We can continue this process on the N 1 N 1 submatrix on the lower right We

We can continue this process on the n 1 n 1 submatrix

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We can continue this process on the ( N - 1) × ( N - 1) submatrix on the lower right. We take x 2 = 0 0 ˜ a 32 ˜ a 42 . . . ˜ a N 2 , y 2 = 0 0 r 2 0 . . . 0 , with r 2 = k x 2 k 2 , and H 2 = I - 2 u 2 u T 2 , u 2 = x 2 - y 2 k x 2 - y 2 k 2 . Then A 3 = H 2 A 2 H 2 = a 11 r 1 0 0 · · · 0 r 1 ˜ a 22 r 2 0 · · · 0 0 r 2 b a 33 b a 34 · · · b a 3 N 0 0 b a 43 b a 44 · · · b a 4 N . . . . . . . . . . . . . . . . . . 0 0 b a N 3 b a N 4 · · · b a NN Repeating this procedure N - 1 times gives us a tri-diagonal matrix T = A N = H N H N - 1 · · · H 1 AH 1 H 2 · · · H N = Q T AQ . where Q = H 1 H 2 · · · H N . Note that since all of the H n are orthonormal, so is Q . 23 Georgia Tech ECE 6250 Fall 2019; Notes by J. Romberg and M. Davenport. Last updated 13:22, November 13, 2019
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Technical Details: Solving Toeplitz systems and the Levinson-Durbin algorithm We start by looking at how to solve Hv = y for a very particular right-hand side. Consider h 0 h 1 · · · h N - 1 h 1 h 0 h 1 · · · h N - 2 h 2 h 1 h 0 · · · h N - 3 . . . h N - 1 · · · · · · h 0 v [1] v [2] . . . . . . v [ N ] = h 1 h 2 . . . h N - 1 h N . (7) Here the first N - 1 entries of the “observation” vector y match the last N - 1 entries in the first column of H . This system is special- ized, but not at all contrived — ( 7 ) are called the Yule-Walker equations , and appear in many different places in statistical signal processing. Moreover, solving systems with general right-hand sides solve systems of the form ( 7 ) as an intermediate step. The crux of the Levinson-Durbin algorithm relies upon a seemingly innocuous fact. Let J be the N × N exchange matrix (also called the counter identity ): J = 0 0 · · · 0 0 1 0 0 · · · 0 1 0 0 0 · · · 1 0 0 . . . . . . 1 0 · · · 0 . Applying J to a vector x reverses the entries in x . For example, 0 0 1 0 1 0 1 0 0 5 - 1 7 = 7 - 1 5 . 24 Georgia Tech ECE 6250 Fall 2019; Notes by J. Romberg and M. Davenport. Last updated 13:22, November 13, 2019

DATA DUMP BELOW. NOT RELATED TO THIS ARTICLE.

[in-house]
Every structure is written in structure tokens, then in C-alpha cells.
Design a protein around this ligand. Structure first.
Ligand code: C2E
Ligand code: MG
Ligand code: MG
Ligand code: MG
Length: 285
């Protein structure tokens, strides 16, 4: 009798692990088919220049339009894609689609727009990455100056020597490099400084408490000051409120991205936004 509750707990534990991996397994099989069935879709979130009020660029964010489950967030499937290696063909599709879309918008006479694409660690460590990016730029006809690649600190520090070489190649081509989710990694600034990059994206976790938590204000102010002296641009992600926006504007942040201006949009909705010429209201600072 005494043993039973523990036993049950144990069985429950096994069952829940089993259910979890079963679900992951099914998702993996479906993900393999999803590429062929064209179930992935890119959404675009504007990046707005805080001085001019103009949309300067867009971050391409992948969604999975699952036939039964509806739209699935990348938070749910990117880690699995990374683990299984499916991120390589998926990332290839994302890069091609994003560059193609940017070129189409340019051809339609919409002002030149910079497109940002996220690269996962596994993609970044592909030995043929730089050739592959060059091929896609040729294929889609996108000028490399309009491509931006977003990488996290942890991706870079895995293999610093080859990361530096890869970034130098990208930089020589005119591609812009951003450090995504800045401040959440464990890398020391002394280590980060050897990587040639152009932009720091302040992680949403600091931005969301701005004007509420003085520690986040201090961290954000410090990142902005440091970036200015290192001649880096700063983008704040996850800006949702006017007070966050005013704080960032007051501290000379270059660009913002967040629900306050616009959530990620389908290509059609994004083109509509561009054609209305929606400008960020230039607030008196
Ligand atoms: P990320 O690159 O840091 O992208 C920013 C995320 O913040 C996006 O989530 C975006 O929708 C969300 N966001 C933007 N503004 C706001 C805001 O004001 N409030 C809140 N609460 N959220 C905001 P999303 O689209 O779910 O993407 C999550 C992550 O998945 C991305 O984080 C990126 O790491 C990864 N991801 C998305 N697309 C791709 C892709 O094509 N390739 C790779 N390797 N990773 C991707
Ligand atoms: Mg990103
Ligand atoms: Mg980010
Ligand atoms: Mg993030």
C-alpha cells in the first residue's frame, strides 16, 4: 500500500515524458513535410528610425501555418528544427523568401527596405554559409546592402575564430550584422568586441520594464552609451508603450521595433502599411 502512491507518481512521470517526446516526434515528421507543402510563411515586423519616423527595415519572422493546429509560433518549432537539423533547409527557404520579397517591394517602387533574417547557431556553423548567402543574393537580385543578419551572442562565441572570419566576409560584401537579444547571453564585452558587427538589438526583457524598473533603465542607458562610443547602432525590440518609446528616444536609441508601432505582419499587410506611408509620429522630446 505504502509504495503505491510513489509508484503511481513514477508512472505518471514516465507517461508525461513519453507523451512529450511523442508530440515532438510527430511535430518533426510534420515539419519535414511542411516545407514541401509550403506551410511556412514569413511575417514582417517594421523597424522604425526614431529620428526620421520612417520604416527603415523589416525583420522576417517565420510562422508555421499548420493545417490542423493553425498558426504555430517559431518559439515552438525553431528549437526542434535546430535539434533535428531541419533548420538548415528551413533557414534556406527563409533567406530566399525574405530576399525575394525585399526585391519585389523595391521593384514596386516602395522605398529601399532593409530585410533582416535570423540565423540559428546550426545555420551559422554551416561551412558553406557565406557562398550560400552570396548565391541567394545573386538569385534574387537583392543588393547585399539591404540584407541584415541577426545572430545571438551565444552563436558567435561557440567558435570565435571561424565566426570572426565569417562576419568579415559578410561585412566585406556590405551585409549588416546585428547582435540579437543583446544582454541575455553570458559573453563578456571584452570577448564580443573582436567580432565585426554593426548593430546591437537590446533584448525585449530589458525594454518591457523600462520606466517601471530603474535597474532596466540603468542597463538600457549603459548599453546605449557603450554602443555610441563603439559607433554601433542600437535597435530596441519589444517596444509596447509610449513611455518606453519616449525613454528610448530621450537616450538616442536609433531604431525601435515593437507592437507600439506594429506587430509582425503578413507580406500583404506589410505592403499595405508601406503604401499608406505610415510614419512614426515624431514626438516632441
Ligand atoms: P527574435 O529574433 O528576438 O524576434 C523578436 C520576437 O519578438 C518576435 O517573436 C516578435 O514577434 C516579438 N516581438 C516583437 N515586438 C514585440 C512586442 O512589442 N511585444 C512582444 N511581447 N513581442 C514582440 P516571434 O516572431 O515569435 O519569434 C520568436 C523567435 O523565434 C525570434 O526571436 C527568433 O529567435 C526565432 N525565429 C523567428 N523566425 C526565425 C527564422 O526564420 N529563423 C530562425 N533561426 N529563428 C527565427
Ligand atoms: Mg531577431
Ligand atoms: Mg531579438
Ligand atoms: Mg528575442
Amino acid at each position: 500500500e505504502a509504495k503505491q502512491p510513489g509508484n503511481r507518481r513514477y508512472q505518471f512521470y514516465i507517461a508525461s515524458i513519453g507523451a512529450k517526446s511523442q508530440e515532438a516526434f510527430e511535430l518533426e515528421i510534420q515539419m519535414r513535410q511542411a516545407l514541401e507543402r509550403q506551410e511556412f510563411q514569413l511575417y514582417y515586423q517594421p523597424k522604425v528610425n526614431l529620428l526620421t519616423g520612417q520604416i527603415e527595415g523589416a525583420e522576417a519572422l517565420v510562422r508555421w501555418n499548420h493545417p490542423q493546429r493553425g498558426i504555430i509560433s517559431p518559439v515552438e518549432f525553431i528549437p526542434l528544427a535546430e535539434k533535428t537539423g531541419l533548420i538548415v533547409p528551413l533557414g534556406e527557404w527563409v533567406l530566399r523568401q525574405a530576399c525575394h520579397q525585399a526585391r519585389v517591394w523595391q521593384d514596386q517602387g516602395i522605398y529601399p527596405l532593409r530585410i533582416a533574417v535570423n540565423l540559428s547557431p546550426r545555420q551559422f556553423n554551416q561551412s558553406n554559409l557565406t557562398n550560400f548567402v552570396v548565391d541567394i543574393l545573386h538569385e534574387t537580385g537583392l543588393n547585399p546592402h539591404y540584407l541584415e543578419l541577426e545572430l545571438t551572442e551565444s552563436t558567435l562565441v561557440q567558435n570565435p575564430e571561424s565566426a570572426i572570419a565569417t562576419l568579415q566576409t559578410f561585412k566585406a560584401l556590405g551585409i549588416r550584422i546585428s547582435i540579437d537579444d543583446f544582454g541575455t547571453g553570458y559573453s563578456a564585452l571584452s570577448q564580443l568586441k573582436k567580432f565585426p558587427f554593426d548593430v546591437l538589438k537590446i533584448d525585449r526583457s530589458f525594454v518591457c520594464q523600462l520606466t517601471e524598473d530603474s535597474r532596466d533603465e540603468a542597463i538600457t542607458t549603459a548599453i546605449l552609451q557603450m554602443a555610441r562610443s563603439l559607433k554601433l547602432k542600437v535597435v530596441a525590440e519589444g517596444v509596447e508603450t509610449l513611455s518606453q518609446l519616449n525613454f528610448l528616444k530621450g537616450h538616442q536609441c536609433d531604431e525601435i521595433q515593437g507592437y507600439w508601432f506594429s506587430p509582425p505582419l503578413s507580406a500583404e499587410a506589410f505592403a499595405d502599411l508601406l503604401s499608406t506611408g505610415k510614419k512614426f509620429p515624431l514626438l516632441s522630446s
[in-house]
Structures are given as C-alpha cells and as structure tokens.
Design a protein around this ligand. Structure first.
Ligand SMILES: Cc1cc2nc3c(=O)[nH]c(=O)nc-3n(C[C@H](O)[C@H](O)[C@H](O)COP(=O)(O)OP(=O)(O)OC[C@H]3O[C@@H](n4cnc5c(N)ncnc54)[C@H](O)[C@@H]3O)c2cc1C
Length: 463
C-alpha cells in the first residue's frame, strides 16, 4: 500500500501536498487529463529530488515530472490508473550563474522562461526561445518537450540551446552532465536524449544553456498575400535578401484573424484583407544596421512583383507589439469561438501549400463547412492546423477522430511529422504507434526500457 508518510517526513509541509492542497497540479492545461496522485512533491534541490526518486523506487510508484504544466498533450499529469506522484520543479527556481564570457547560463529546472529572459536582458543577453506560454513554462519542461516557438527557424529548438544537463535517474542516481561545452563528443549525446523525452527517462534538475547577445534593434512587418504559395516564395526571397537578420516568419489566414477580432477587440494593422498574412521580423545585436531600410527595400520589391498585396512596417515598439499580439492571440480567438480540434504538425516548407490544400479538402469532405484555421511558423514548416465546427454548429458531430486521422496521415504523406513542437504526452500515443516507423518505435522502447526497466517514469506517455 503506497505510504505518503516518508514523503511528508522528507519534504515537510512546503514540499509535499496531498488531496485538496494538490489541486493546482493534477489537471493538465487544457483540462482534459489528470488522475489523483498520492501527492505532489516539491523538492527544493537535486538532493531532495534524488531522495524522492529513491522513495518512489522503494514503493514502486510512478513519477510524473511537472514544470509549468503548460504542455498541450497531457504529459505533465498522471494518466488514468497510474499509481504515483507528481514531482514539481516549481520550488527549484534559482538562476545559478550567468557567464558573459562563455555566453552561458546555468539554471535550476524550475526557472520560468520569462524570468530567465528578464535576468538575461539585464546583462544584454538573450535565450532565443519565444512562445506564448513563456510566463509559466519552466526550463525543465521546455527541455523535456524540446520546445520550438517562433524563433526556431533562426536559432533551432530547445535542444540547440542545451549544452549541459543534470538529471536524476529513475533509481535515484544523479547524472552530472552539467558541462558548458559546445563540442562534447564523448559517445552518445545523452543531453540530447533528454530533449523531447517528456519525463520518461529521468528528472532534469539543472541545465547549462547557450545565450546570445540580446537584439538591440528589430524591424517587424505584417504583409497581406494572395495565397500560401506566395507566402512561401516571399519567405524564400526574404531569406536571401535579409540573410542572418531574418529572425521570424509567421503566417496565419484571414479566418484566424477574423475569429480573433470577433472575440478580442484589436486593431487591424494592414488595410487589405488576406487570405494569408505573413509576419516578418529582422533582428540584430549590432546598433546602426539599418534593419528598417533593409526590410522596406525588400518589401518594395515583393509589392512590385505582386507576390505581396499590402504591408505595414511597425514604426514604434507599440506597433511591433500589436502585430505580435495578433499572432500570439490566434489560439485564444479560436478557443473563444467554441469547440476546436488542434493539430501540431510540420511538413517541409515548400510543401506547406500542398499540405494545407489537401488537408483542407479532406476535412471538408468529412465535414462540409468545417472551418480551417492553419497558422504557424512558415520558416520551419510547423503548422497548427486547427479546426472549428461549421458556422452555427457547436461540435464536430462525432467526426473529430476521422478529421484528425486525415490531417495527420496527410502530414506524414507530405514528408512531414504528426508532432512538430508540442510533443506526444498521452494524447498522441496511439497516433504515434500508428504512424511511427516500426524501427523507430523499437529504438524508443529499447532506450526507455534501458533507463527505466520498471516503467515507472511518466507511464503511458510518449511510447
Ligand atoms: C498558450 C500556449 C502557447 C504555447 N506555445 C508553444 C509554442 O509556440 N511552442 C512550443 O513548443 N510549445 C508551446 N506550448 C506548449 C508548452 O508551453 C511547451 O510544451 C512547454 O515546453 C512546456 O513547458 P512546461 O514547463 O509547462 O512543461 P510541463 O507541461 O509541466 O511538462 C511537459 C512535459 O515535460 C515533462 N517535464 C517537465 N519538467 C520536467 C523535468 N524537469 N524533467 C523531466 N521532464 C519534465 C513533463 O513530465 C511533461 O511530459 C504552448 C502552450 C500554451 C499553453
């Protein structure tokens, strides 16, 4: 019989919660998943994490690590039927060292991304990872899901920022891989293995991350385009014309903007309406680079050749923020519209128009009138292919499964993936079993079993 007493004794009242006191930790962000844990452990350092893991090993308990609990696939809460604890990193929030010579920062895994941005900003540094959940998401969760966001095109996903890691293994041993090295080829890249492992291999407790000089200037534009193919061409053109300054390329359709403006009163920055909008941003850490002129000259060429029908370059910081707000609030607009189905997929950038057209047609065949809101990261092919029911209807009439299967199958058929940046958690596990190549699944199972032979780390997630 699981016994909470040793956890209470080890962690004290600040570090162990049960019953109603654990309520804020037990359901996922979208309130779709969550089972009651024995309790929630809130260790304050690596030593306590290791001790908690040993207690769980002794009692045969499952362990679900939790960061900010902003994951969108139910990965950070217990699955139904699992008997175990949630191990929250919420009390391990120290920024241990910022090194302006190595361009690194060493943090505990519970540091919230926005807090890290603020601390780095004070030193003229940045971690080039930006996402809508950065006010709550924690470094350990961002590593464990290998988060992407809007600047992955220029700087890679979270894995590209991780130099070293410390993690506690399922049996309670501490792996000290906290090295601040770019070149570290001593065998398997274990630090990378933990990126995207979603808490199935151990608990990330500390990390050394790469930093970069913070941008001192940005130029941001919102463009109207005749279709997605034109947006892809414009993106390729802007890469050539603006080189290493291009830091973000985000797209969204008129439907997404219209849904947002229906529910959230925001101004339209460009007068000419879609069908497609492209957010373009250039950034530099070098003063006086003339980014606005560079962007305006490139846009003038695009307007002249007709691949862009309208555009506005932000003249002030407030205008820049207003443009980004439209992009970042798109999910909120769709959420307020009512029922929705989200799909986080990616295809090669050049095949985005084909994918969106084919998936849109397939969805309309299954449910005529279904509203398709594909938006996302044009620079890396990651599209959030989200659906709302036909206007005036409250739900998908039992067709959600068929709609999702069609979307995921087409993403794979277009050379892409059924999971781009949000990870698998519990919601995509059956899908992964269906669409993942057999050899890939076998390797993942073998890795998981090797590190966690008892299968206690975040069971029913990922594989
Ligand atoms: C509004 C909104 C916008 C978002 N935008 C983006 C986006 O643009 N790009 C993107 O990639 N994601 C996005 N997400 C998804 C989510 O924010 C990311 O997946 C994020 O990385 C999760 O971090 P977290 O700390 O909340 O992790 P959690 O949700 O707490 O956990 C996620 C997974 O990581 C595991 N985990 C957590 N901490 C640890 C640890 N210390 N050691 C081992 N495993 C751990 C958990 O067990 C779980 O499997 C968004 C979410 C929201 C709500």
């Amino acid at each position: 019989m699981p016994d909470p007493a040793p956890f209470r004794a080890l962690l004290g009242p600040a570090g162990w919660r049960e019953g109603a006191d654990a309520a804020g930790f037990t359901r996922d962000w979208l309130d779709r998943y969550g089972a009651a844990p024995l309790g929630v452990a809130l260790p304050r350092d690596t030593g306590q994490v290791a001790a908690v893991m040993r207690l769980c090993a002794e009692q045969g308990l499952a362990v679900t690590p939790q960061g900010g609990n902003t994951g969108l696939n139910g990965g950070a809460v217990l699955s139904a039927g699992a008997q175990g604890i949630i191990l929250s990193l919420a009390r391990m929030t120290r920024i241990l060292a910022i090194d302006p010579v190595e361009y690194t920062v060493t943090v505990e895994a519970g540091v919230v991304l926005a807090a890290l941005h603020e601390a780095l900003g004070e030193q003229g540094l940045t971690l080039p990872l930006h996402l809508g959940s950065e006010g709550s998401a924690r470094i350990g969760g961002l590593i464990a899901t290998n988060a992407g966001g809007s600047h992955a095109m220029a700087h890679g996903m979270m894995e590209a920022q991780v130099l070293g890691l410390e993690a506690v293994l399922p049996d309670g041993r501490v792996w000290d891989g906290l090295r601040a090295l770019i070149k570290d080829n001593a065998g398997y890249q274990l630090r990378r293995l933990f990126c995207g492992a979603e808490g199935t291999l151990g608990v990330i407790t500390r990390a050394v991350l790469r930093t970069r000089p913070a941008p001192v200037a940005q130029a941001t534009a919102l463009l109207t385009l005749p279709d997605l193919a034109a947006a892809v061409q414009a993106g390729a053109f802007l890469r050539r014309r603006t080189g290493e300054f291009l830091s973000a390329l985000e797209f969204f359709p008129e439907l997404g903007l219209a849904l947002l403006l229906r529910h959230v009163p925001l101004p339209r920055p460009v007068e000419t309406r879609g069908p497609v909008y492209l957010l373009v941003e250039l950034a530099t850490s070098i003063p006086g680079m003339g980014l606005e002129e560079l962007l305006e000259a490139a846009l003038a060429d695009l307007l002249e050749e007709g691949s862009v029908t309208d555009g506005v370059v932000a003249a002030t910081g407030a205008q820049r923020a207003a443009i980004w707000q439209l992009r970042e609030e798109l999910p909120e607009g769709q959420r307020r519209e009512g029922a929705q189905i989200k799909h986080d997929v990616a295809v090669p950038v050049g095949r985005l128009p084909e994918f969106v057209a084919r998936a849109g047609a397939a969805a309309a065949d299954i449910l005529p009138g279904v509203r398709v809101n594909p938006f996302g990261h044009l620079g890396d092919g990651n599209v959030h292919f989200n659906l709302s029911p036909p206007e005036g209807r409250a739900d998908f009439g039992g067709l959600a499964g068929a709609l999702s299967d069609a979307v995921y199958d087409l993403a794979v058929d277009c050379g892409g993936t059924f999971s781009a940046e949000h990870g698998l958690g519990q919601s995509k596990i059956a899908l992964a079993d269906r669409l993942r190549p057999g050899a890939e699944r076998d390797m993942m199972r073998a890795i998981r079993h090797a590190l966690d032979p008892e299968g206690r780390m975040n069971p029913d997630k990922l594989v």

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It should be clear that J T = J and J 2 = JJ = I . Applying J to the left of a matrix reverses all of its columns, while applying J to the right reverses the rows. In particular, if H is a symmetric Toeplitz matrix, then J H = 0 0 · · · 0 0 1 0 0 · · · 0 1 0 0 0 · · · 1 0 0 . . . . . . 1 0 · · · 0 h 0 h 1 · · · h N - 1 h 1 h 0 h 1 · · · h N - 2 h 2 h 1 h 0 · · · h N - 3 . . . h N - 1 · · · · · · h 0 = h N - 1 h N - 2 · · · h 0 h N - 2 h N - 3 h N - 4 · · · h 1 h N - 3 h N - 4 h N - 5 · · · h 2 .
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